Lalita A. Manrai 1 ; Ajay K. Geert Hofstede whose work inspired this research. We would also like to acknowledge the valuable comments of the two anonymous reviewers and the journal editor in finalizing this manuscript. Ajay K.
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Geert Hofstede, assisted by others, came up with six basic issues that society needs to come to term with in order to organize itself. These are called dimensions of culture. Each of them has been expressed on a scale that runs roughly from 0 to Each dimension has been derived by comparing many, but not all, countries in the world.
The findings can be summarized into six world maps of the distribution of that dimension. Of course, in reality there can be quite a bit of within-country variation; these maps should be seen as rough 'climate maps' of culture. The last two dimensions were found later, and in different studies, than the first four. This is why different countries appear on the world maps. These maps are taken from the book "Why we are different and similar" by Michael Minkov.
In our book they are re-scaled to a format. The scale is also reversed for Flexhumility long-term orientation, blue on the map versus monumentalism short-term orientation, orange on the map. Remember, the numbers do not really 'mean' anything. They are just there for convenience.
The world-wide pattern is what matters. For each dimension here is a brief description and a ten-minute video in which Geert Hofstede explains that dimension. Read more Individualism does not mean egoism. It means that individual choices and decisions are expected. Collectivism does not mean closeness. It means that one "knows one's place" in life, which is determined socially.
With a metaphor from physics, people in an individualistic society are more like atoms flying around in a gas while those in collectivist societies are more like atoms fixed in a crystal. Read more This dimension is thought to date from the advent of agriculture, and with it, of large-scale societies. Until that time, a person would know their group members and leaders personally.
This is not possible where tens of thousands and more have to coordinate their lives. Without acceptance of leadership by powerful entities, none of today's societies could run. Read more In a masculine society, men are supposed to be tough. Men are supposed to be from Mars, women from Venus. Winning is important for both genders.
Quantity is important and big is beautiful. In a feminine society, the genders are emotionally closer. Competing is not so openly endorsed, and there is sympathy for the underdog.
This is NOT about individuals, but about expected emotional gender roles. Masculine societies are much more openly gendered than feminine societies.
Read more Uncertainty avoidance has nothing to do with risk avoidance, nor with following rules. It has to do with anxiety and distrust in the face of the unknown, and conversely, with a wish to have fixed habits and rituals, and to know the truth. Long-term orientation deals with change. Read more In a long-time-oriented culture, the basic notion about the world is that it is in flux, and preparing for the future is always needed.
In a short-time-oriented culture, the world is essentially as it was created, so that the past provides a moral compass, and adhering to it is morally good. As you can imagine, this dimension predicts life philosophies, religiosity, and educational achievement. Indulgence is about the good things in life. Read more In an indulgent culture it is good to be free. Doing what your impulses want you to do, is good. Friends are important and life makes sense. In a restrained culture, the feeling is that life is hard, and duty, not freedom, is the normal state of being.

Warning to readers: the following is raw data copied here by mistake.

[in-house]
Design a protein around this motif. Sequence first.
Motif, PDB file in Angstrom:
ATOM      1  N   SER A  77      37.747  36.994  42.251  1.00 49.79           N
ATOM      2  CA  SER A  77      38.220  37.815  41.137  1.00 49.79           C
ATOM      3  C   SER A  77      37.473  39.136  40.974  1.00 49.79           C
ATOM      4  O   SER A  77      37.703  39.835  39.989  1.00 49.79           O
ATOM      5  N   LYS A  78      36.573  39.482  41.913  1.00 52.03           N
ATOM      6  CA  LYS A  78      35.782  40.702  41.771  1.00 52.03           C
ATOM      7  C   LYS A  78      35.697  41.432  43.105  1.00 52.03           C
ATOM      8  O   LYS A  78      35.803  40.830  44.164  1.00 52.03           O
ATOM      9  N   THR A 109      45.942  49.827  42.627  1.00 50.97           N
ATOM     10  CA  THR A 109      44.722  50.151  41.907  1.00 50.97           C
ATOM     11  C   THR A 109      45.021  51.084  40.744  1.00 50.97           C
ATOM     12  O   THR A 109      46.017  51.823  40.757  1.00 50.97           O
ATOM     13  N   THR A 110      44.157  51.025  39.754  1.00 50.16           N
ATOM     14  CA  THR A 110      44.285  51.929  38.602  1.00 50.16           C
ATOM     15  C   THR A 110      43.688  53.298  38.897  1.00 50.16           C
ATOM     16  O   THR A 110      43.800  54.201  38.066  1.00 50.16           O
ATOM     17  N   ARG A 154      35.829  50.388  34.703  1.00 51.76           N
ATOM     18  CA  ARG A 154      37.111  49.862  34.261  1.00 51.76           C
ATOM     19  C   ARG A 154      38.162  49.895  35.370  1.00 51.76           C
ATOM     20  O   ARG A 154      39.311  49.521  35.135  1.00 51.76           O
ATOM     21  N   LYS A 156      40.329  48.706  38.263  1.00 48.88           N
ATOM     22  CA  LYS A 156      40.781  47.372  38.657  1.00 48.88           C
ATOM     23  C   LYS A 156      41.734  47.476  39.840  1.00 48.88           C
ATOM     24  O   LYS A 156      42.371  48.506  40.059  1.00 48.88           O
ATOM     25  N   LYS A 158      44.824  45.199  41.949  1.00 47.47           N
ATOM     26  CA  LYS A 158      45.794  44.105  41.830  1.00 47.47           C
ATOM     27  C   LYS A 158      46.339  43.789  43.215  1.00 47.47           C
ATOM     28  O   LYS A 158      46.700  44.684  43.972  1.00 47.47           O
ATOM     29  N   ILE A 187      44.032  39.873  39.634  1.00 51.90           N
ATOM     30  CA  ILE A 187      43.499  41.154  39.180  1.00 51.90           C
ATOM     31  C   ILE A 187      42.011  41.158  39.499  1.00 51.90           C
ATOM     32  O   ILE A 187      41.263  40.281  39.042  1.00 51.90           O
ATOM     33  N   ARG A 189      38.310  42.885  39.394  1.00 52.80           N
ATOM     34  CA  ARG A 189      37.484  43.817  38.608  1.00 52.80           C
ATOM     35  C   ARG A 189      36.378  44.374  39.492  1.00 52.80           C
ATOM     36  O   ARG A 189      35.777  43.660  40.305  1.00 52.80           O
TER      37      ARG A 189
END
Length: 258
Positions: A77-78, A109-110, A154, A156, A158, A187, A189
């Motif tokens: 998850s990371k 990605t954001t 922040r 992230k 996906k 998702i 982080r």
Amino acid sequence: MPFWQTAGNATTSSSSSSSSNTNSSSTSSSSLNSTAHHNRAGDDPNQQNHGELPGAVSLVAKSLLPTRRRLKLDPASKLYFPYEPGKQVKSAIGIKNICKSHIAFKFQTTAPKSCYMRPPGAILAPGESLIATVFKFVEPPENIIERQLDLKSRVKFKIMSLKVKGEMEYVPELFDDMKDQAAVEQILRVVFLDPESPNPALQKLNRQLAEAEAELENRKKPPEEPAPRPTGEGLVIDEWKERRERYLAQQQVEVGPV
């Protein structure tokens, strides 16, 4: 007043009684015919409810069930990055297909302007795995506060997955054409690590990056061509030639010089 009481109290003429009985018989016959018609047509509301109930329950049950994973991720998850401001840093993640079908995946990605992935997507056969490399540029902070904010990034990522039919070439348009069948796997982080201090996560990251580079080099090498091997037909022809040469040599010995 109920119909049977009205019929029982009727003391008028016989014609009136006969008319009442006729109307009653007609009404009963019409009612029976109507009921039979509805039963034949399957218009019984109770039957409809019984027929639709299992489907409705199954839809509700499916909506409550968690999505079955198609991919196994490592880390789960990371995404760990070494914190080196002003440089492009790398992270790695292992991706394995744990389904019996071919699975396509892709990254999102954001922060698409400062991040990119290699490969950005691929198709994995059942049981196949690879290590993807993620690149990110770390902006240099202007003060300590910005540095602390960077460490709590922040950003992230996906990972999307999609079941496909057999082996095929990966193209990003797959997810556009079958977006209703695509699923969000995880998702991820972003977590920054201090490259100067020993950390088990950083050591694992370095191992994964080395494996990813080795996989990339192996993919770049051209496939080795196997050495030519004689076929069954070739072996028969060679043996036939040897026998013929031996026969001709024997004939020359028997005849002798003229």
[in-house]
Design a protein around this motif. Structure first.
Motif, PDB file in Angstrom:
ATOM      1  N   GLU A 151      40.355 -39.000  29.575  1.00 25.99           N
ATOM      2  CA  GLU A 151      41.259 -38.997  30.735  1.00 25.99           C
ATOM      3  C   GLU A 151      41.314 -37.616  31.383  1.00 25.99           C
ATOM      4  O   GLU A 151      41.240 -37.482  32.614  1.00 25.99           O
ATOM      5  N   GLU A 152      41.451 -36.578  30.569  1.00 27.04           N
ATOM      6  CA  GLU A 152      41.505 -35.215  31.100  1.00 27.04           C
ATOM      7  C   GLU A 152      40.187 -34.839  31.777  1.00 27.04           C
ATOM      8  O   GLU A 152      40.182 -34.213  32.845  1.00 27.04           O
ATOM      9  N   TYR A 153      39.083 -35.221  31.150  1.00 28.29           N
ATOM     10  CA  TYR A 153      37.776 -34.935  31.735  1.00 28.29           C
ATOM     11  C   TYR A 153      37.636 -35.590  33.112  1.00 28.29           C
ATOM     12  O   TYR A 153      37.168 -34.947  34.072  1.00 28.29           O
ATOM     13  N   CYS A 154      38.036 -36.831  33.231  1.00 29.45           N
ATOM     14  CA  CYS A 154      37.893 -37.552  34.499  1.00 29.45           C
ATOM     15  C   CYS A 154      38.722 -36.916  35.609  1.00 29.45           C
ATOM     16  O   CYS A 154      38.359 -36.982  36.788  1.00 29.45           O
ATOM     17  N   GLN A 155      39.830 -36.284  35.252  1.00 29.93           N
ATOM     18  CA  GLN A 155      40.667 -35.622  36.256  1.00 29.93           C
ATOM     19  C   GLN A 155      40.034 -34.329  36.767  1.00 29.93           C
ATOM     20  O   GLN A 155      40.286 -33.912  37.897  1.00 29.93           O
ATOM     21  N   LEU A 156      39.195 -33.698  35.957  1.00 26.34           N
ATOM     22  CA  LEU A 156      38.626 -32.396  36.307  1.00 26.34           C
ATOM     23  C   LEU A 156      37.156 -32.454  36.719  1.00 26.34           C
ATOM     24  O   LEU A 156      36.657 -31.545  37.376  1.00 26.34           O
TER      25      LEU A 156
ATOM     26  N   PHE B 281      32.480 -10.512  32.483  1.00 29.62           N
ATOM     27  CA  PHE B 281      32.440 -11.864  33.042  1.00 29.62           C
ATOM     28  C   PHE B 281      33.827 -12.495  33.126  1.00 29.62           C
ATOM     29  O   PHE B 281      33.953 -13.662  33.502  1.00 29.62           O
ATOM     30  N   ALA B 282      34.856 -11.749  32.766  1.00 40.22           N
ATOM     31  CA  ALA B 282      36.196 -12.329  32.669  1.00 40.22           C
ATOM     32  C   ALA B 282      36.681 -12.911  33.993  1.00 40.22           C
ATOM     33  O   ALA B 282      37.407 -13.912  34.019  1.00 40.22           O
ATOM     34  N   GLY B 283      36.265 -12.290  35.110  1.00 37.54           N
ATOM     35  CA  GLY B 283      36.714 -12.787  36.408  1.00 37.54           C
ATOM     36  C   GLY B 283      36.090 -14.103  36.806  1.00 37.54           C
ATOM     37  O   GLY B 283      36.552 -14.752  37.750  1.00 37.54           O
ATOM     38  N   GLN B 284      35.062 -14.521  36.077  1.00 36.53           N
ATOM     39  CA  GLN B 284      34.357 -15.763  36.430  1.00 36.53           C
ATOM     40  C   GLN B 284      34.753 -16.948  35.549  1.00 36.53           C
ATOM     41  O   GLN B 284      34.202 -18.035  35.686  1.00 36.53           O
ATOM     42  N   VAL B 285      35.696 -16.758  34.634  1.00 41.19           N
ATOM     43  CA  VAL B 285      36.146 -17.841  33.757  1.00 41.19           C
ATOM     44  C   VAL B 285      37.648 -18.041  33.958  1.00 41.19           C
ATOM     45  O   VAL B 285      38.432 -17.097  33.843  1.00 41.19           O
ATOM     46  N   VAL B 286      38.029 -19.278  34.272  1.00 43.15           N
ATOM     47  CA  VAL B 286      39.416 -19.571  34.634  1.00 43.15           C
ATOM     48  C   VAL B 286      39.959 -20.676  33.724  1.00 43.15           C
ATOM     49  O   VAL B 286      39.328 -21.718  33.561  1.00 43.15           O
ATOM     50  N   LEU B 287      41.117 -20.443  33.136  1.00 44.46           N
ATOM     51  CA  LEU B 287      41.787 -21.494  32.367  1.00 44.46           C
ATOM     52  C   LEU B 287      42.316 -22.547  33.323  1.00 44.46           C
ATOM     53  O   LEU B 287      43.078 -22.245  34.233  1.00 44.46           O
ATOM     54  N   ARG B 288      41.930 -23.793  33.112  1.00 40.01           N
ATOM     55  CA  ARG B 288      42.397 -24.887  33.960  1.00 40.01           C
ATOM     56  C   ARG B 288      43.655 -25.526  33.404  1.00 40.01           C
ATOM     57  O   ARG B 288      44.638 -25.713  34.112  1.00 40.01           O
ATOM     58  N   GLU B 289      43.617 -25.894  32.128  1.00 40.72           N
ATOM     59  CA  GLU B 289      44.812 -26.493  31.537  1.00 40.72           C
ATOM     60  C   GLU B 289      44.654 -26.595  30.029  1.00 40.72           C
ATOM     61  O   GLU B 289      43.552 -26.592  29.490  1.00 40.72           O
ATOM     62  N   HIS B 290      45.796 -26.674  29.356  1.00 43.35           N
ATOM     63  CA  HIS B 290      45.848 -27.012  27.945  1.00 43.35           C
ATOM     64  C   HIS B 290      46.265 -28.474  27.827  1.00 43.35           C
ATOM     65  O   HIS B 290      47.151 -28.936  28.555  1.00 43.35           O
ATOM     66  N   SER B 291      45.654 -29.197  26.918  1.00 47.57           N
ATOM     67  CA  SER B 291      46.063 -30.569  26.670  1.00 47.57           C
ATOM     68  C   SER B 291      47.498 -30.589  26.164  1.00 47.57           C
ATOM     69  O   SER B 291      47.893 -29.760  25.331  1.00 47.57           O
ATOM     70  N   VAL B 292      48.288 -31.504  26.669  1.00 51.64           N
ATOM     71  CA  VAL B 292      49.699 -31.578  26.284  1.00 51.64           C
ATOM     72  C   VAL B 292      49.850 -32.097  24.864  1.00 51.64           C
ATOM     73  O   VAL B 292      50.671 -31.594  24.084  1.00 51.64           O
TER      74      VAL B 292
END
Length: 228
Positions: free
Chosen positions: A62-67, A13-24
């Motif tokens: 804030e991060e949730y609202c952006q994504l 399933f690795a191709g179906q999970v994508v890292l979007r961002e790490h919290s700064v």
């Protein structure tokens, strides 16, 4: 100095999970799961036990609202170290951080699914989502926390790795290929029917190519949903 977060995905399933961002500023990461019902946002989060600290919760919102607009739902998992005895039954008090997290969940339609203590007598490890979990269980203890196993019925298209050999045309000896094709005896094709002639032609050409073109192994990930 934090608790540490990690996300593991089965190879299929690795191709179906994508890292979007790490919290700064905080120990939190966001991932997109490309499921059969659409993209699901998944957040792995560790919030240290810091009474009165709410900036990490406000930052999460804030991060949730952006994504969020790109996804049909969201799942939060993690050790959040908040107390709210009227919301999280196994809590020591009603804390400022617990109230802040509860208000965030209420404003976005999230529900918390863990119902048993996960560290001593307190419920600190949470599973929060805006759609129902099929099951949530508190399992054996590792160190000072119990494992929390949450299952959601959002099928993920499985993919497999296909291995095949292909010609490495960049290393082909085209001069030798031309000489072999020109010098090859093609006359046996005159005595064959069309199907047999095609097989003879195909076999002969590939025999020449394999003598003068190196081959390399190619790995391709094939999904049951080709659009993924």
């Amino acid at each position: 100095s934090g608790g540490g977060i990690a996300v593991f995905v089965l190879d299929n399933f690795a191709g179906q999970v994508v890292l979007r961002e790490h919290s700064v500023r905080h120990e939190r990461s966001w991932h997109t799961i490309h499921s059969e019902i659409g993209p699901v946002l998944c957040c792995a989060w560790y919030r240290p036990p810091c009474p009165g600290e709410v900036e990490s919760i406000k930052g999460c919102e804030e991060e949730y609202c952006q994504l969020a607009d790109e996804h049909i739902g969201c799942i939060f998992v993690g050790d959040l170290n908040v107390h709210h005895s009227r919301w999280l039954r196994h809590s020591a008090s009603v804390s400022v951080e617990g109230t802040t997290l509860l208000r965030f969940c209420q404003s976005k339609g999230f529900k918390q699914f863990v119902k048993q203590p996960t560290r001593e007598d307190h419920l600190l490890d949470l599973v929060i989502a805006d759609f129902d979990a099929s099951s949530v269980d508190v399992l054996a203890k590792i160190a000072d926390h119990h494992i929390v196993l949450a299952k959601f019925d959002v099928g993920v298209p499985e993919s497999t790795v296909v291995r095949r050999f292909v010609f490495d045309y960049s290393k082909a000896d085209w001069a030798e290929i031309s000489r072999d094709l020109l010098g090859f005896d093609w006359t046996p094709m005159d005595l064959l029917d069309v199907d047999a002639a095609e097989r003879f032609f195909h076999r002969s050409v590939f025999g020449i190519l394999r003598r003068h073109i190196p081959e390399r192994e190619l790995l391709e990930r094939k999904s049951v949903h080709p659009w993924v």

Since dimensions are imagined, not 'out there', there can be many more. Any study will reveal its own pattern, so yes, other dimensions can be found. Read more If you are interested, watch new publications by for instance Michael Minkov. Here, for now, we work with the 6D model. It has great validity and practical usability. The 6-D model of national culture Geert Hofstede, assisted by others, came up with six basic issues that society needs to come to term with in order to organize itself.
Dimension maps of the world: Individualism Each dimension has been derived by comparing many, but not all, countries in the world. Dimension maps: Power Distance. Dimension maps: Masculinity. Dimension maps: Uncertainty Avoidance. The last two dimensions The last two dimensions were found later, and in different studies, than the first four. Dimension maps: Long-term Orientation.
Dimension maps: Indulgence. The dimensions explained For each dimension here is a brief description and a ten-minute video in which Geert Hofstede explains that dimension. Long-term orientation Long-term orientation deals with change.
Are there more dimensions?
Hofstede’s Cultural Dimensions
Hofstede's cultural dimensions theory is a framework for cross-cultural communication , developed by Geert Hofstede. It shows the effects of a society's culture on the values of its members, and how these values relate to behaviour, using a structure derived from factor analysis. Hofstede developed his original model as a result of using factor analysis to examine the results of a worldwide survey of employee values by IBM between and It has been refined since.
Professor Geert Hofstede conducted one of the most comprehensive studies of how values in the workplace are influenced by culture. The six dimensions of national culture are based on extensive research done by Professor Geert Hofstede, Gert Jan Hofstede, Michael Minkov and their research teams. The application of this research is used worldwide in both academic and professional management settings. The Hofstede model of national culture consists of six dimensions.